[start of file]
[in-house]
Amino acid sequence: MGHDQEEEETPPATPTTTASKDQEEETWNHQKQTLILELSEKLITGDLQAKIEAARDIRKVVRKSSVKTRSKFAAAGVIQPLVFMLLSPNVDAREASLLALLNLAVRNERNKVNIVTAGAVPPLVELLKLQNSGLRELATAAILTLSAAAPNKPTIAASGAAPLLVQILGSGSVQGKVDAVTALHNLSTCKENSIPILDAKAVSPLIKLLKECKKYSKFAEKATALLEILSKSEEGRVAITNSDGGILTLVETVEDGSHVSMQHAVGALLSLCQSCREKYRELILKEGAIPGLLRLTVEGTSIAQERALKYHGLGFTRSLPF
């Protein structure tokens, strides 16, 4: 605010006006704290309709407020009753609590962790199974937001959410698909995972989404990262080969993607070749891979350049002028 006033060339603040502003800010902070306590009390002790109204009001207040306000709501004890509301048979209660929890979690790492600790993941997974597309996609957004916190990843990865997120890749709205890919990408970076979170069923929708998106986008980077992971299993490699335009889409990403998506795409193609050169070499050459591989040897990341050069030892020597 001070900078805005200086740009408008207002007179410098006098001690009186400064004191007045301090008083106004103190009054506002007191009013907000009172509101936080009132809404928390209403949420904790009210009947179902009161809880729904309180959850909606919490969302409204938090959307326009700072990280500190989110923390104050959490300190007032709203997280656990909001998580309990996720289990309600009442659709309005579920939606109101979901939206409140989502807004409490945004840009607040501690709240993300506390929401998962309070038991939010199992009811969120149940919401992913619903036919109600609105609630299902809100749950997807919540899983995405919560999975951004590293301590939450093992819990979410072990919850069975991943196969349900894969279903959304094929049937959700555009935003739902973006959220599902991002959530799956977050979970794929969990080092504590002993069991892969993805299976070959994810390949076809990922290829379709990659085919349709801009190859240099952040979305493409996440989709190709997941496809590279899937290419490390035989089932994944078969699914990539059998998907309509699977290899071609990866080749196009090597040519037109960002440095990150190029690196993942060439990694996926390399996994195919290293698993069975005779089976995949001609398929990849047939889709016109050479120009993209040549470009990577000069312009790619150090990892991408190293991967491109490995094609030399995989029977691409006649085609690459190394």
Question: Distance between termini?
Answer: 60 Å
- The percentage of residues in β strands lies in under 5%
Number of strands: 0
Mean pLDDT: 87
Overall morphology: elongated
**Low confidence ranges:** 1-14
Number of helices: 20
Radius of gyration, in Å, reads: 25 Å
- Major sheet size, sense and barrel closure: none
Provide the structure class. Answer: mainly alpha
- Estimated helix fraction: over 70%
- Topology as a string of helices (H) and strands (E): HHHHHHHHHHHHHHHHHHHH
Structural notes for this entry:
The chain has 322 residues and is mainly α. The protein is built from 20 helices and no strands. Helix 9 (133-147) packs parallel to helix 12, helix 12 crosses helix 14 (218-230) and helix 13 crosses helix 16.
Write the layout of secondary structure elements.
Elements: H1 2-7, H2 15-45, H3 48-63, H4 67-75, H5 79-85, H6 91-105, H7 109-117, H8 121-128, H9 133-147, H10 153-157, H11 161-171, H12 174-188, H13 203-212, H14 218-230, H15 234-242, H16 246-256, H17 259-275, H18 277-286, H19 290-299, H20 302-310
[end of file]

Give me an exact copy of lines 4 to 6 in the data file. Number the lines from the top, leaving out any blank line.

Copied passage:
Question: Distance between termini?
Answer: 60 Å
- The percentage of residues in β strands lies in under 5%